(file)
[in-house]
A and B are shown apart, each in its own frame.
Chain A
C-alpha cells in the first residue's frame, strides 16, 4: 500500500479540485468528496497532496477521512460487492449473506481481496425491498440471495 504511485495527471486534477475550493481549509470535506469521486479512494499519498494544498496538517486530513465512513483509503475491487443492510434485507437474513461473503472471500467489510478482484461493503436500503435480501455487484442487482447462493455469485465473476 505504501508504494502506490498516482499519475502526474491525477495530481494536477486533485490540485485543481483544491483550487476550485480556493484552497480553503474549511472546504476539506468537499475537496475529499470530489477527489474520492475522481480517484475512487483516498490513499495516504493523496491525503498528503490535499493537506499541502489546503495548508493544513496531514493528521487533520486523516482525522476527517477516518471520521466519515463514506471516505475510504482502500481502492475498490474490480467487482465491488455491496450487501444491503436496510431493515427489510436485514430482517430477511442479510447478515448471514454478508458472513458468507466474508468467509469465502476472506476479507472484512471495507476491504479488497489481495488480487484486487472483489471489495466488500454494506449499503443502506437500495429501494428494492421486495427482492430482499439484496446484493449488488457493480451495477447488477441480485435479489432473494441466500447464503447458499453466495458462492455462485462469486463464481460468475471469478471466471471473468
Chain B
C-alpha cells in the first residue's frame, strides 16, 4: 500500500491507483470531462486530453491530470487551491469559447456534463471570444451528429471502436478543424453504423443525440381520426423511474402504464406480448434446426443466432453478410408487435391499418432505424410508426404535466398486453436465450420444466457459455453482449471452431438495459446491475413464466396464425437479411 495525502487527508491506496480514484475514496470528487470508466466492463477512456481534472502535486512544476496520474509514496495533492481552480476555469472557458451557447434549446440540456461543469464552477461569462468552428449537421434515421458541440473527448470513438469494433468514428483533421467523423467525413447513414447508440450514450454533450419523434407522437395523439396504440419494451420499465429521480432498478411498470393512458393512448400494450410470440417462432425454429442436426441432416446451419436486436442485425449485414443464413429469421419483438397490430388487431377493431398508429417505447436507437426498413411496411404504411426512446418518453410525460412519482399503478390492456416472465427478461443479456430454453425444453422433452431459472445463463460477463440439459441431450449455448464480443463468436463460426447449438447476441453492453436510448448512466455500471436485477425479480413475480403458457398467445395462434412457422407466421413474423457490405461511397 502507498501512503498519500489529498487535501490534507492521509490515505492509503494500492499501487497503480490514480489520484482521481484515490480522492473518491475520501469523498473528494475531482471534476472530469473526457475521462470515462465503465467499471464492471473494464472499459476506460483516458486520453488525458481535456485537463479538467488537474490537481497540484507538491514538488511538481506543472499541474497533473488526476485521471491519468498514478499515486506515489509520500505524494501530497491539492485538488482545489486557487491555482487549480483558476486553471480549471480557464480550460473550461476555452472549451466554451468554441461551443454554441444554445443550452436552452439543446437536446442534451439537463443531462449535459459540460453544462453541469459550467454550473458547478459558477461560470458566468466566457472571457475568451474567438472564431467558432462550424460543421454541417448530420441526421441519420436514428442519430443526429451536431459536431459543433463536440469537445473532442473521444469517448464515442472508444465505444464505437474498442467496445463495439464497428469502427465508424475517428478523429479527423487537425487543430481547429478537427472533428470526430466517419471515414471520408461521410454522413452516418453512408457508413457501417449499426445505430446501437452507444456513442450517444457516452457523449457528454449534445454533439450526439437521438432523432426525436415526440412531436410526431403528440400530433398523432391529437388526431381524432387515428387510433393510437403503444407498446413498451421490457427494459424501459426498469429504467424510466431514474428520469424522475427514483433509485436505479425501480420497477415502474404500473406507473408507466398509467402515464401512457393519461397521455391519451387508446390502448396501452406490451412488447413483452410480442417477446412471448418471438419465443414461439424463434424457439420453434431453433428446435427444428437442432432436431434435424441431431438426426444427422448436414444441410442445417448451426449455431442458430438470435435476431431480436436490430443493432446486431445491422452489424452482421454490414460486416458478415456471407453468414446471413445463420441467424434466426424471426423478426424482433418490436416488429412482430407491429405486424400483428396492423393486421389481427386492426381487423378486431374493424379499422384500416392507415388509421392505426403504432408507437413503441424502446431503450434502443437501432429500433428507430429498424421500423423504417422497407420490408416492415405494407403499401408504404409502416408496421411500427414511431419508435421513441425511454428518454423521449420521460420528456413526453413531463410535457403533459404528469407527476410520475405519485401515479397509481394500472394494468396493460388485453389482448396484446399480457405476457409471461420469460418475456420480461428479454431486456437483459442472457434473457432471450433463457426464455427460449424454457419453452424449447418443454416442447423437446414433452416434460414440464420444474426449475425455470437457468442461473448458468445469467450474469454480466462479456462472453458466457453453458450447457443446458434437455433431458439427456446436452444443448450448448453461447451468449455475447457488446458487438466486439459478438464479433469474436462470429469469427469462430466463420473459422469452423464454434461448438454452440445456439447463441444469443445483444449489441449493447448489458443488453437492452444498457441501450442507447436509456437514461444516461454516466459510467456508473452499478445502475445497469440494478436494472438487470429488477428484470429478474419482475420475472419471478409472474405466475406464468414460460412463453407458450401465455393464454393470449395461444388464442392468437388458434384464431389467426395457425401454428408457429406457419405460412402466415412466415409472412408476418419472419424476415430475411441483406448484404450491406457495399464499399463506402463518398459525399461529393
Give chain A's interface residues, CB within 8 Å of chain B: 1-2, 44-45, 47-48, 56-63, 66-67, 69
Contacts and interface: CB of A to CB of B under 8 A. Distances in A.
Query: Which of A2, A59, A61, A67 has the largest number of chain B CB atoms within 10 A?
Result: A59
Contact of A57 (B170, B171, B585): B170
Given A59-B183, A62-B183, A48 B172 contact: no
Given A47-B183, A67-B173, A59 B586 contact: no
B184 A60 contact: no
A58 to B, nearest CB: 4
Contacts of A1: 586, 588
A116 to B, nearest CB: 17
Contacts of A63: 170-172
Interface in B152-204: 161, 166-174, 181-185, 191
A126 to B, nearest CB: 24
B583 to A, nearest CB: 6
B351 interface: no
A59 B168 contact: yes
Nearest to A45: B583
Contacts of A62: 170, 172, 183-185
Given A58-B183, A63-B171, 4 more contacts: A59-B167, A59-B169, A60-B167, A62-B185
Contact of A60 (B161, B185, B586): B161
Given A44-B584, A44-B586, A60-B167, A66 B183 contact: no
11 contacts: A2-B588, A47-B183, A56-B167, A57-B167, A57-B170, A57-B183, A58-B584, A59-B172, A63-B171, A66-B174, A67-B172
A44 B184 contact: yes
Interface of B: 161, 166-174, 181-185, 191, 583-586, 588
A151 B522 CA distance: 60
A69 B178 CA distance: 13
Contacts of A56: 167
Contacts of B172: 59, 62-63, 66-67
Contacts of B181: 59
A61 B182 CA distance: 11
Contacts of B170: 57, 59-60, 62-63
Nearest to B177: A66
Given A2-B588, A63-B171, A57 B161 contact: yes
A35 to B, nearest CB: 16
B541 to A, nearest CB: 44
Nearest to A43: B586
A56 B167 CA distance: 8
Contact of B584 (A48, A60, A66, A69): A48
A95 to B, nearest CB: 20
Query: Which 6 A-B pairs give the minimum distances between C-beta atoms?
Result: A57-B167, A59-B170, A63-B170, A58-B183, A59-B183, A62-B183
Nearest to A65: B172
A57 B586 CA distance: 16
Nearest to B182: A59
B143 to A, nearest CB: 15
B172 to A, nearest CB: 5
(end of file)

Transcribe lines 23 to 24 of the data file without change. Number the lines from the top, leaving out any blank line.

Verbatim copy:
A59 B168 contact: yes
Nearest to A45: B583